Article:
It is clear that very creature seems to have a role to play - and that together they make the Delta more resilient to change. Are you worried about conditions becoming more extreme with climate change?
Every creature has a role to play in the Okavango Delta. Top predators like lions and painted wolves keep herbivore populations in check, who would happily turn the Delta to desert if left to their own devices. Elephants open up dense woodlands and create savannas, and hippos forge channels that funnel water to new areas. Even the smallest of creatures, the termite, has an immense role to play, being single-handedly responsible for the creation of the majority of the Okavango’s countless islands. These creatures have existed here together for thousands of years and in that time built a model that is resilient to change and adversity.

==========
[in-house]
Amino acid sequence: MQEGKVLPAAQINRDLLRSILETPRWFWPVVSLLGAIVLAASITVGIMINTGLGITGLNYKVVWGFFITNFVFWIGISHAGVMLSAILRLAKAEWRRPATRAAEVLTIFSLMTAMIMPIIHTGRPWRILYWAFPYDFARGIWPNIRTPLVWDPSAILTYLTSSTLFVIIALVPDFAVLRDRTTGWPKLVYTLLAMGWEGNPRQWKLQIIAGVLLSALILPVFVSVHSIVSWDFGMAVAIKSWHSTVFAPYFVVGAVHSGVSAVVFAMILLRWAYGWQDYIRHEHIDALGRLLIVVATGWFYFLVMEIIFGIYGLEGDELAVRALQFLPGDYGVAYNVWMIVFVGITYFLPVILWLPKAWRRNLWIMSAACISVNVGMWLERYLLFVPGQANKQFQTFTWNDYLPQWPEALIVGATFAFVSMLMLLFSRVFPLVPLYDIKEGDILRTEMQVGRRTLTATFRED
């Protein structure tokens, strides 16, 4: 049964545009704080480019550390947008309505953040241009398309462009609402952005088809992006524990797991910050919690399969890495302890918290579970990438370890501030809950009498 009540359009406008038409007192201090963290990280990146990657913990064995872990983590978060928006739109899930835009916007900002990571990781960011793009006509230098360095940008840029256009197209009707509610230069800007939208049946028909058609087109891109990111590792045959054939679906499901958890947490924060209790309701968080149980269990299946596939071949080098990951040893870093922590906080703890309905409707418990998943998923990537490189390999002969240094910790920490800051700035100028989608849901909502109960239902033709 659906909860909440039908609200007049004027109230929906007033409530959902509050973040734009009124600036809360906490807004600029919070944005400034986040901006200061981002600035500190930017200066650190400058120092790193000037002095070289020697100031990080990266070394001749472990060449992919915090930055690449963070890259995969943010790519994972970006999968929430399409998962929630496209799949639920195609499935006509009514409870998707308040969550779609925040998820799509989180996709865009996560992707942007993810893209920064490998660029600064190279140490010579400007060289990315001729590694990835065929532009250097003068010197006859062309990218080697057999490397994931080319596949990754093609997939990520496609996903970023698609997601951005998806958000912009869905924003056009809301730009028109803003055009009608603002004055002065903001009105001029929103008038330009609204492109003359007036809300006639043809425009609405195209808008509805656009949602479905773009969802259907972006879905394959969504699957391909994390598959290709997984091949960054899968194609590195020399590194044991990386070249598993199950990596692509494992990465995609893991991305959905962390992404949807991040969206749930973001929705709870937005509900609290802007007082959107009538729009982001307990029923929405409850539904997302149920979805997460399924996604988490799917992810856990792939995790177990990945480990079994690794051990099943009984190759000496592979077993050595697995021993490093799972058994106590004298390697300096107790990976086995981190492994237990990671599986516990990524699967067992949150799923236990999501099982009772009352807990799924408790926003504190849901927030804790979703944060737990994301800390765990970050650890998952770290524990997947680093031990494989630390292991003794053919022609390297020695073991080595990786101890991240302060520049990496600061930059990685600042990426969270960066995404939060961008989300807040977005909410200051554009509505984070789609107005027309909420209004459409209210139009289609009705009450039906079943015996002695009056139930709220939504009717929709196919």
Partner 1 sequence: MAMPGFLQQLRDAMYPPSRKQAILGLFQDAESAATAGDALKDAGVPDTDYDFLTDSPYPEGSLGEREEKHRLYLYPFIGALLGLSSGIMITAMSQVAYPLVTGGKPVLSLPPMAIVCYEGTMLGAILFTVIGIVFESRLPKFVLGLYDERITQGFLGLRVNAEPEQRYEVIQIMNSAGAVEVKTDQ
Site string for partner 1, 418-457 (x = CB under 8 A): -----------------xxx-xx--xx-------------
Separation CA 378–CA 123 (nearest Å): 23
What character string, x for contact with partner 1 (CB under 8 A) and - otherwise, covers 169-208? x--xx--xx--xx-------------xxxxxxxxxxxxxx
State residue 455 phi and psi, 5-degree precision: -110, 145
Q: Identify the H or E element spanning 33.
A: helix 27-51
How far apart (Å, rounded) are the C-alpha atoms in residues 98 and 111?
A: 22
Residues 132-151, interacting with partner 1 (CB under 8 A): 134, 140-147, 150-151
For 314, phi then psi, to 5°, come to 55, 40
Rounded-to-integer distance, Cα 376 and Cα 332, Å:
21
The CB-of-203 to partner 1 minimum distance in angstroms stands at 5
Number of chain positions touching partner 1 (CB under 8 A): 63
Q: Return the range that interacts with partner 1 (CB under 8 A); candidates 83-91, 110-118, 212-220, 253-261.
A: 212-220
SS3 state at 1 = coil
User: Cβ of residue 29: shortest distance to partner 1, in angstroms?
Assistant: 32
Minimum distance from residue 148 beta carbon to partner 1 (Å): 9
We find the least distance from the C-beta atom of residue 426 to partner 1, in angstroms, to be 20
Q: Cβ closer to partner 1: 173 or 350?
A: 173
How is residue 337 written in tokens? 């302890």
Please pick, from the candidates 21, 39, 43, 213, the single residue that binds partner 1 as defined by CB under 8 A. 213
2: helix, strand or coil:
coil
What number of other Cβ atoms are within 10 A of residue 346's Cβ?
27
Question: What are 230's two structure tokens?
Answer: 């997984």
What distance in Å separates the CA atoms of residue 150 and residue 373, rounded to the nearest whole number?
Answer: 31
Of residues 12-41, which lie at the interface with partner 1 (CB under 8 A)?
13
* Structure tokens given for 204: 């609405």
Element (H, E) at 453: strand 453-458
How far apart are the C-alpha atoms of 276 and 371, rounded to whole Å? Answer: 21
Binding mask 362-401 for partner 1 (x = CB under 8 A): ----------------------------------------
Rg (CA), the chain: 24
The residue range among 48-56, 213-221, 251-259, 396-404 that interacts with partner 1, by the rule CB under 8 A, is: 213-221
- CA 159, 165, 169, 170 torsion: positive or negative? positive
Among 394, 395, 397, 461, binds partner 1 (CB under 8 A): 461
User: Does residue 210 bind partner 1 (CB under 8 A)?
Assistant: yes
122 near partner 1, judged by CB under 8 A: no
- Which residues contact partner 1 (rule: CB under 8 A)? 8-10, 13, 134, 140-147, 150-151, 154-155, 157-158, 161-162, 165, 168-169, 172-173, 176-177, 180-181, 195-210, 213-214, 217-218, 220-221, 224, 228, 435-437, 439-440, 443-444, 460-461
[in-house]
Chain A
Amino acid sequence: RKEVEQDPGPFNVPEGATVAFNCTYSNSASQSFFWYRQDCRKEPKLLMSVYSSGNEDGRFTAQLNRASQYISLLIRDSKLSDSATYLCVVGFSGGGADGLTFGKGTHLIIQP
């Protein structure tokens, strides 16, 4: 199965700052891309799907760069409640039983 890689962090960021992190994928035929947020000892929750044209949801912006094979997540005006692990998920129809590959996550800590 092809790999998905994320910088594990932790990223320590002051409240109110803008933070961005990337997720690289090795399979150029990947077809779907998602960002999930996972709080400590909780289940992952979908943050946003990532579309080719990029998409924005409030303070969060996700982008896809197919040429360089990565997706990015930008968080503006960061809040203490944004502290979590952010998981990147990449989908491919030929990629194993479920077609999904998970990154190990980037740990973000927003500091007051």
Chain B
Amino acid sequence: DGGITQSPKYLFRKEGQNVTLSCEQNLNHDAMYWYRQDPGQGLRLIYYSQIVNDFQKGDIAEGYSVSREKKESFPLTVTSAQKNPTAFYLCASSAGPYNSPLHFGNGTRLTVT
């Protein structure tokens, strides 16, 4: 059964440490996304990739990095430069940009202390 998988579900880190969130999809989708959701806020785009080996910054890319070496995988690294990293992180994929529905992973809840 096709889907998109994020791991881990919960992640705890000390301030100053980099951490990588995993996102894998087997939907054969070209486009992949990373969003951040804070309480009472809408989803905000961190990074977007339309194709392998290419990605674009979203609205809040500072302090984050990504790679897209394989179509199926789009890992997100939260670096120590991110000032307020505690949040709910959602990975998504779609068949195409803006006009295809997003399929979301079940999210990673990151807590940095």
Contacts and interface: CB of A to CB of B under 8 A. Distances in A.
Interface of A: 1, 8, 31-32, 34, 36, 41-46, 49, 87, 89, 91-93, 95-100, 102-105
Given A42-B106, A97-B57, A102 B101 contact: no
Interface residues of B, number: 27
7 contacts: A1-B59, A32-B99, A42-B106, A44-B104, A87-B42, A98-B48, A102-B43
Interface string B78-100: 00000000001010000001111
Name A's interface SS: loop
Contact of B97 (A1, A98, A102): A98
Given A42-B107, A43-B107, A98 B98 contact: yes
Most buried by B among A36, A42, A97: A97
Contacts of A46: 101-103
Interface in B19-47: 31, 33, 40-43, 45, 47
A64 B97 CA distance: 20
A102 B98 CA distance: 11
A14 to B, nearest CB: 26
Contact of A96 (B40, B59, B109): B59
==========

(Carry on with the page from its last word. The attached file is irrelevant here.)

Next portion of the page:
Today, however, we are changing the planet faster than ever before. Top predators and elephants are subjected to ruthless poaching and, on top of that, conditions are becoming increasingly extreme with climate change. In the Okavango, an oasis in the otherwise harsh Kalahari desert, biological cycles are synchronized with its unique weather patterns, including an annual flood and rainy season, and climate change threatens to throw this balance out of sync. Where before we could leave the Delta to its own devices, today the preservation of this paradise, one of the last truly wild places left on our planet, needs the help of each and every one of us, from condemning and reporting on the illegal wildlife trade, to taking action, no matter how big or small, to reduce our carbon footprints.
Blog shared with permission from Netflix.